In the following statement provided to Beautiful/Decay, Duyer explains her unique and investigative approach to ceramics, which seeks to re-explore the medium while reinvesting familiar objects with meaning:
“Ceramics as a medium is kind of tricky to classify, since it’s still stuck in the debate of whether it should be considered a fine art or a craft. I think with this project I really wanted to utilize my knowledge of traditional forms and techniques and challenge the idea that the two have to be separate. I wanted to alter the tradition and explore the relationship we have with the ceramic pieces that we interact with on a daily basis.”
In addition to these sculptural works, Duyer creates functional ceramics, such as plates and mugs etched with unique designs. Check out her website, Instagram, and Tumblr to learn more.
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Jon Pyzel has been part of the surfing community for as long as he can remember, growing up surfing from a young age in the historic surfing town of Santa Barbara, CA. After traveling around surfing and competing, Jon realized that he needed to surf better waves in warmer water, making a permanent move to an even bigger surfing location, the North Shore of Oahu. Getting his start fixing surfboards in a factory, Jon quickly learned the ins and outs of the business working his way up from fixing basic dings on boards to working under some of the best shapers and glassers in the industry.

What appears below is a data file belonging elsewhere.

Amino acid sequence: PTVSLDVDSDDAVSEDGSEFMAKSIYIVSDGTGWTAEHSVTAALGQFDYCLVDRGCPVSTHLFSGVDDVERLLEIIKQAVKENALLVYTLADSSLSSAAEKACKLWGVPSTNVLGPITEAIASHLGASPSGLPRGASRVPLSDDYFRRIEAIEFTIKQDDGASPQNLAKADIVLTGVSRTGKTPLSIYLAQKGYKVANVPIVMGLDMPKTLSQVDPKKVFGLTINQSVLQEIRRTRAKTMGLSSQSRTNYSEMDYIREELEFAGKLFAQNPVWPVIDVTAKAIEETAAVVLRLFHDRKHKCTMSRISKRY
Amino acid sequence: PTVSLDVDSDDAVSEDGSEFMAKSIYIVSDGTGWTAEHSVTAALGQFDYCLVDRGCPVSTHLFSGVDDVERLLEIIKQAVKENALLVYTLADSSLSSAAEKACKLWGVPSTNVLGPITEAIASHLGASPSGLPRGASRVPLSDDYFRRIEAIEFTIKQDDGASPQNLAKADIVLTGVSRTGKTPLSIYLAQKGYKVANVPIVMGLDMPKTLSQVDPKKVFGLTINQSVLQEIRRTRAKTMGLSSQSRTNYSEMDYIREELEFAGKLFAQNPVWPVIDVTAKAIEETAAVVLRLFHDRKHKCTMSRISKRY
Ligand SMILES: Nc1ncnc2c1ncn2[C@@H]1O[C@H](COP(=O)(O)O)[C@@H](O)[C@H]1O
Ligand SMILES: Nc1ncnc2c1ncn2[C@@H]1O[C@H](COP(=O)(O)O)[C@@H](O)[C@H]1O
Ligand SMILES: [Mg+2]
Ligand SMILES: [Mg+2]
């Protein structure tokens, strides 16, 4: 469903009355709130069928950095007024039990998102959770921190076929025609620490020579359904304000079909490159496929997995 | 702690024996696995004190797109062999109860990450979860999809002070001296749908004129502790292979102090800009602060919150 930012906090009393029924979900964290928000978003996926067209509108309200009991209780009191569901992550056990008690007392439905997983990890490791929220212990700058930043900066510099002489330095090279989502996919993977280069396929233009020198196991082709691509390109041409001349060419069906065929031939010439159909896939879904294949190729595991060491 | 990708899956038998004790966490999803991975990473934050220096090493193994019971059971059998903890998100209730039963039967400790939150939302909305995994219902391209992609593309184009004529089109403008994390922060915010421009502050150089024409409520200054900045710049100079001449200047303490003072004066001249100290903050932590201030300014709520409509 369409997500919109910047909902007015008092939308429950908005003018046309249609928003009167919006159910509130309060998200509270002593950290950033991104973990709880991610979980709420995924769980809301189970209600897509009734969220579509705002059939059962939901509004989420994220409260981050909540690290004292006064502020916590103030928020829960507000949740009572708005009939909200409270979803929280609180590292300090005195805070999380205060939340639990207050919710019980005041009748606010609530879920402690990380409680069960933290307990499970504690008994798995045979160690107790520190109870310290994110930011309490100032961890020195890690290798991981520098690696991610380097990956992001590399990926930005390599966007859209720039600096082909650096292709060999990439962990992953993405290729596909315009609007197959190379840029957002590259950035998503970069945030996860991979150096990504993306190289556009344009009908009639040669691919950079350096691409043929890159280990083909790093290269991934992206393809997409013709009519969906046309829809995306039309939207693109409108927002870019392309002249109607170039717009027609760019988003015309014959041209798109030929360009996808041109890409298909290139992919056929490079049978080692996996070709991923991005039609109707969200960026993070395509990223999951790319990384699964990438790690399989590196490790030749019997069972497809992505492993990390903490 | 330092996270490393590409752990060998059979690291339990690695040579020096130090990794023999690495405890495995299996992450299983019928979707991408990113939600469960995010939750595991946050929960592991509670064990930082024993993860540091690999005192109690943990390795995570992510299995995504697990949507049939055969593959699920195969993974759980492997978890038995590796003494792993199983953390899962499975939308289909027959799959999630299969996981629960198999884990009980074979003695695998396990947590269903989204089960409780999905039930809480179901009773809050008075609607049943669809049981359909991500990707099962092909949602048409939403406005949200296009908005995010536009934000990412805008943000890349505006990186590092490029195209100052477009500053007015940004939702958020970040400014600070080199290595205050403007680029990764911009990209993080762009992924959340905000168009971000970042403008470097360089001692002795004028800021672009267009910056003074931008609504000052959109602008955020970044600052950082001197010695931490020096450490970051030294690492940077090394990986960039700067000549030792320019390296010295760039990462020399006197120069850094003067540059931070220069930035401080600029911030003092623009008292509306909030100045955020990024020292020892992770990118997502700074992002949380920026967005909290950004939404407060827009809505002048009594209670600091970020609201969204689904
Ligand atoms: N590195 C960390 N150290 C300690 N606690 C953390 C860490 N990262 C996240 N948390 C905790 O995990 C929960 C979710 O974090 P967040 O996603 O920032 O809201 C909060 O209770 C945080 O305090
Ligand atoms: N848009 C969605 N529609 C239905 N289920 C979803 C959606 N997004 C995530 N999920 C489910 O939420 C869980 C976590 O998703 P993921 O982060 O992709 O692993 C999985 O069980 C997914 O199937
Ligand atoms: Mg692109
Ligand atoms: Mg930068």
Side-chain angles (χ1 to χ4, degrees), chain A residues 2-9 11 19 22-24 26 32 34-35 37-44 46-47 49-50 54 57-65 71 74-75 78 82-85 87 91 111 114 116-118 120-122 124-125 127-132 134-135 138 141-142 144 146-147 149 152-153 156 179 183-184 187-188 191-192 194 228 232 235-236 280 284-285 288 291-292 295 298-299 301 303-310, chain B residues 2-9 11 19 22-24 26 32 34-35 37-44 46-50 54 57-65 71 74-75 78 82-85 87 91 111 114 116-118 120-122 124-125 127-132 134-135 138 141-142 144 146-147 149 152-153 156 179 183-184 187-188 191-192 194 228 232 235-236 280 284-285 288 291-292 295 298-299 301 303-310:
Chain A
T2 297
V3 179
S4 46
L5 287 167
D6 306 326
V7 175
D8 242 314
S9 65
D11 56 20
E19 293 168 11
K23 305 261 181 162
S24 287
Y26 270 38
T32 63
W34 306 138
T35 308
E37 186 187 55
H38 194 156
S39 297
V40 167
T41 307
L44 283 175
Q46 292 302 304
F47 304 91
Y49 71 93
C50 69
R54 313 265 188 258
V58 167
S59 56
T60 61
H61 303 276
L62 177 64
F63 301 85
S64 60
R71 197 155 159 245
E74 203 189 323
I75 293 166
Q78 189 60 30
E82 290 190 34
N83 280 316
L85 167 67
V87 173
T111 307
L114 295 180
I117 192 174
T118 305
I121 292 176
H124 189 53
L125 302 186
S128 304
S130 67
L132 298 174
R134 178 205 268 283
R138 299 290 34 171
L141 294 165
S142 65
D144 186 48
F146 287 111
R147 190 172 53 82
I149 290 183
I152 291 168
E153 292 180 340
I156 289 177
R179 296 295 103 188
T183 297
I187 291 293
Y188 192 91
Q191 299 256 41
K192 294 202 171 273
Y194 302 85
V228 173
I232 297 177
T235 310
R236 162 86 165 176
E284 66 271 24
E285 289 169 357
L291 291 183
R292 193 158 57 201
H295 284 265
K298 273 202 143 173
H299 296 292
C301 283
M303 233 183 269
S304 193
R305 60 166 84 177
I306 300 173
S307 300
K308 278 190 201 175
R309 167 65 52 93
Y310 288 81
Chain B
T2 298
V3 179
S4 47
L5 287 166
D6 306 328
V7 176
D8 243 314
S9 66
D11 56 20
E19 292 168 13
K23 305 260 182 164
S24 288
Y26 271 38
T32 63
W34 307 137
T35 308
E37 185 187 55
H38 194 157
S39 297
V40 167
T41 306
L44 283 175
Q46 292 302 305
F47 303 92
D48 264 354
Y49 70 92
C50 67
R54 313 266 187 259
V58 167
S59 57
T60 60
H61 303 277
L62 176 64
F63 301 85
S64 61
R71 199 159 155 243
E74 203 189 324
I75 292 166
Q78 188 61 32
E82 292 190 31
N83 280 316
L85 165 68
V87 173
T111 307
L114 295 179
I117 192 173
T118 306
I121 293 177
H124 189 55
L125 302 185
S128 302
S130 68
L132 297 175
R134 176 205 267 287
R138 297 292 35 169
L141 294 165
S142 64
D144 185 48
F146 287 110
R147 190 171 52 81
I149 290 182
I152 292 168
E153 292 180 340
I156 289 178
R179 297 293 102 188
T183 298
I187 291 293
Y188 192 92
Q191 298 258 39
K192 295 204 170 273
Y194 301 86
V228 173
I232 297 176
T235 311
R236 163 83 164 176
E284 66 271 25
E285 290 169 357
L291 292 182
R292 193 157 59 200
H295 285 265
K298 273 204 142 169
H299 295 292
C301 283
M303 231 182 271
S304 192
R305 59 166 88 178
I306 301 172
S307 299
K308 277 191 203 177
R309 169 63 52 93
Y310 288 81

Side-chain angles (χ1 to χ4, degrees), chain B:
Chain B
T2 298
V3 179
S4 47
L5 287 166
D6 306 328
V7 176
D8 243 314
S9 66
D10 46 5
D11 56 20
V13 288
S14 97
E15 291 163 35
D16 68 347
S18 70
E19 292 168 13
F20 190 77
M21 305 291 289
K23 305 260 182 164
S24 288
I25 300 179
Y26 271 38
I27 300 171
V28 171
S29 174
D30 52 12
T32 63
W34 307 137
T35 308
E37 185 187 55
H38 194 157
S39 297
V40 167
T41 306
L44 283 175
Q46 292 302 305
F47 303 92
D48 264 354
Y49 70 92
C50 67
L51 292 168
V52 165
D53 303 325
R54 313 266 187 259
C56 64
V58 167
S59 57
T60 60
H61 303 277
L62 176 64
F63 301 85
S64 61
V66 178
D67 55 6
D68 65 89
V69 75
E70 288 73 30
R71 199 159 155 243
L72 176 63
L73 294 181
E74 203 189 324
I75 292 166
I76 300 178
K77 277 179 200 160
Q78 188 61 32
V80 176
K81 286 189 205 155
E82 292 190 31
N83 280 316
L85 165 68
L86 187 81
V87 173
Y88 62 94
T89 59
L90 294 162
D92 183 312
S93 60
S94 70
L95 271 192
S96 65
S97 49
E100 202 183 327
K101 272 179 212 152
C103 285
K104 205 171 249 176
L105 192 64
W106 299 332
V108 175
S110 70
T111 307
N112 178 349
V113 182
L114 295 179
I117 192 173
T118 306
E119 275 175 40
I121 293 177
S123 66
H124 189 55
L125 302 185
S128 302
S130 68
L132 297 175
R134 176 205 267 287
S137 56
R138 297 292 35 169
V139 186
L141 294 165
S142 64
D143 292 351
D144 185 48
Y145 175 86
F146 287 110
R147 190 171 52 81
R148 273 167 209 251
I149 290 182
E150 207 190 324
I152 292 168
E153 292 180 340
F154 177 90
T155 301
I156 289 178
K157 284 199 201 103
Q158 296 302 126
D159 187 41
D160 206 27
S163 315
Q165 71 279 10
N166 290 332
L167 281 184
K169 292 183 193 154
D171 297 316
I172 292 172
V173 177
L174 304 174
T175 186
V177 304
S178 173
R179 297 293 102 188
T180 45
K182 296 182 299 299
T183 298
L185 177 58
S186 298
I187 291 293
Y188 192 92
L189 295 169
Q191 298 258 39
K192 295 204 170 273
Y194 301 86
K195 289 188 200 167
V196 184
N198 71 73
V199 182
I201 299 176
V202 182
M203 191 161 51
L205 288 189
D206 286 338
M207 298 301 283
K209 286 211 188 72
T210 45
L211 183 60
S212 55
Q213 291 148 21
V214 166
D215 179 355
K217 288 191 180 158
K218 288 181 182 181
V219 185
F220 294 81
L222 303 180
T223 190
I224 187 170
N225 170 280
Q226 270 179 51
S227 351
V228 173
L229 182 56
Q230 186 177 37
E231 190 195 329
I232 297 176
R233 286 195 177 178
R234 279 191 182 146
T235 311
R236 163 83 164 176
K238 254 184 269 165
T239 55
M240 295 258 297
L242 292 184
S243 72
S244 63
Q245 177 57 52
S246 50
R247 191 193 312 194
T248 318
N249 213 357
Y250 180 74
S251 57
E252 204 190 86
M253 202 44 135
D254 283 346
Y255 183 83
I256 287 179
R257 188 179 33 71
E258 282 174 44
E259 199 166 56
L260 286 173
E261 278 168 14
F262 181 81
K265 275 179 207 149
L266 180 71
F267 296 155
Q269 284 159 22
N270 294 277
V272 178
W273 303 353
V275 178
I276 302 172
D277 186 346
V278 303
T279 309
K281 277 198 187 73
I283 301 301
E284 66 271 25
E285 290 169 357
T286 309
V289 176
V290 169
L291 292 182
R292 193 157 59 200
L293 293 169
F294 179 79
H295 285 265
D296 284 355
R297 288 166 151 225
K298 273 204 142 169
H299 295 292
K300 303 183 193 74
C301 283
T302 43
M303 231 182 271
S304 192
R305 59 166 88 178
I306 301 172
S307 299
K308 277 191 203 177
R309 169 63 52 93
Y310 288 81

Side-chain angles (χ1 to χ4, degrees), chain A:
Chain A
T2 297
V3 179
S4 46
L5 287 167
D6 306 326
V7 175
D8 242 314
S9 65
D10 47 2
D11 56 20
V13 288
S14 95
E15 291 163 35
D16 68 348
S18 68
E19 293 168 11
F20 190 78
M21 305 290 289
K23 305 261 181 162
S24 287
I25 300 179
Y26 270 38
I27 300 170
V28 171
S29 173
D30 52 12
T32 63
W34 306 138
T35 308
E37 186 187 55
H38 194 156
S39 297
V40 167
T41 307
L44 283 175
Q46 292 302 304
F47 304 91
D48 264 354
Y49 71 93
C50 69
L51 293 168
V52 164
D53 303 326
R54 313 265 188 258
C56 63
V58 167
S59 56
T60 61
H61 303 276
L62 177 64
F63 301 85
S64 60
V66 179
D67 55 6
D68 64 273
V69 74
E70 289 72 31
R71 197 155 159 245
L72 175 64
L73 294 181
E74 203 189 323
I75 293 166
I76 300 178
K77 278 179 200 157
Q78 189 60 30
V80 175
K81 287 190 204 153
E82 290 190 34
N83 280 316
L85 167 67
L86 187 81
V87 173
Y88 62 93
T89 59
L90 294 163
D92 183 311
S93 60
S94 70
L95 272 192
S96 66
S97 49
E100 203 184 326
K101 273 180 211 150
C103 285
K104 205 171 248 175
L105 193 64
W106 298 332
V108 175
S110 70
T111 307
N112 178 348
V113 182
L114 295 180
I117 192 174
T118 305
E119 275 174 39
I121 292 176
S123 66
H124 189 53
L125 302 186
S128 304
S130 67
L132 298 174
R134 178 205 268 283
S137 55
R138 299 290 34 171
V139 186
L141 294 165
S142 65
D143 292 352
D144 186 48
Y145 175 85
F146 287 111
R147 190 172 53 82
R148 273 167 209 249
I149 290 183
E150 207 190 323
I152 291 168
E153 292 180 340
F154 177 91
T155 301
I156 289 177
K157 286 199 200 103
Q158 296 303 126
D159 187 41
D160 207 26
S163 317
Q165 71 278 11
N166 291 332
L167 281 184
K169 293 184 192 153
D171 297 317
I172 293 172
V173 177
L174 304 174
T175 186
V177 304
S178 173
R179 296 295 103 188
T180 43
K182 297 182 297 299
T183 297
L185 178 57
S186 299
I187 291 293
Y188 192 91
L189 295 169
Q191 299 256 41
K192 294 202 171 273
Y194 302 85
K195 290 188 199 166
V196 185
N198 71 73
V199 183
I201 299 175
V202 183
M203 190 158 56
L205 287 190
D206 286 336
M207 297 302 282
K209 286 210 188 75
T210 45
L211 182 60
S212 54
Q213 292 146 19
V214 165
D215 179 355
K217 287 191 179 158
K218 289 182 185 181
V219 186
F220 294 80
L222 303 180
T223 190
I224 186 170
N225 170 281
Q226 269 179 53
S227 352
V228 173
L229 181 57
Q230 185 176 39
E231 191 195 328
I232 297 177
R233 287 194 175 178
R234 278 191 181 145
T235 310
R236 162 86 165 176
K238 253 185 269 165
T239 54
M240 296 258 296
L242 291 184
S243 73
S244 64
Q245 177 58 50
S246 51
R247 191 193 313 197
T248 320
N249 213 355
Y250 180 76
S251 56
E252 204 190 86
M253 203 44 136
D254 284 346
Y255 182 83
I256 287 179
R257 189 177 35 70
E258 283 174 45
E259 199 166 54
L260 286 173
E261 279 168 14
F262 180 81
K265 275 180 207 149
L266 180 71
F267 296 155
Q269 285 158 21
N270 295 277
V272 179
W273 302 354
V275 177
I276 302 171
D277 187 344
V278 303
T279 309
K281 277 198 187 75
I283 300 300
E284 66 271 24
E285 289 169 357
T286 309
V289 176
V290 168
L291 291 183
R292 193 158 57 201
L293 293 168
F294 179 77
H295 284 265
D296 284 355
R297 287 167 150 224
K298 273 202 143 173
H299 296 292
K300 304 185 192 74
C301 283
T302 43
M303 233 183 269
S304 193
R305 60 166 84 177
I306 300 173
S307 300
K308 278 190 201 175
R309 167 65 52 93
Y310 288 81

Finally setting off on his own, Pyzel has become one of the most sought after board shapers for weekend warriors as well as pro surfers from around the world. Shaping each board from scratch, Pyzel knows every curve, bend, and turn on the masterfully crafted boards that he builds.
In the age of mass manufacturing Jon Pyzel has had the conscious decision to take things back to the basics with his world class hand-shaped surfboards. The result is master craftsmanship and attention to detail that only decades of experience and a steady hand can provide.
An teacher of mine once said not to worry about if something has been done before, but instead of what you think has not been done enough. Jackie Gendel looks to be a die hard fan of Henri Matisse and André Derain, and feels the work they started has not been finished. It’s interesting to see how a style which was so radical a hundred years ago that a critic claimed in contempt that the work had been made by “wild beasts,” yet painted today seems perfectly beautiful and comfortable. The radicalism is gone, yet Gendel carries their spirit of autonomy of lines and colors. If you like what you see, you can see more of it at the Jeff Bailey Gallery until November 10.
I always thought that robots would one day make all the art in the world but I never imagined that the day would be so near. Benjamin Grosser’sInteractive Robotic Painting Machine uses artificial intelligence to paint its own body of work and to make its own decisions. While doing so, it listens to its environment and considers what it hears as input into the painting process. In the absence of someone or something else making sound in its presence, the machine, like many artists, listens to itself. Watch a video of the robot in action after the jump!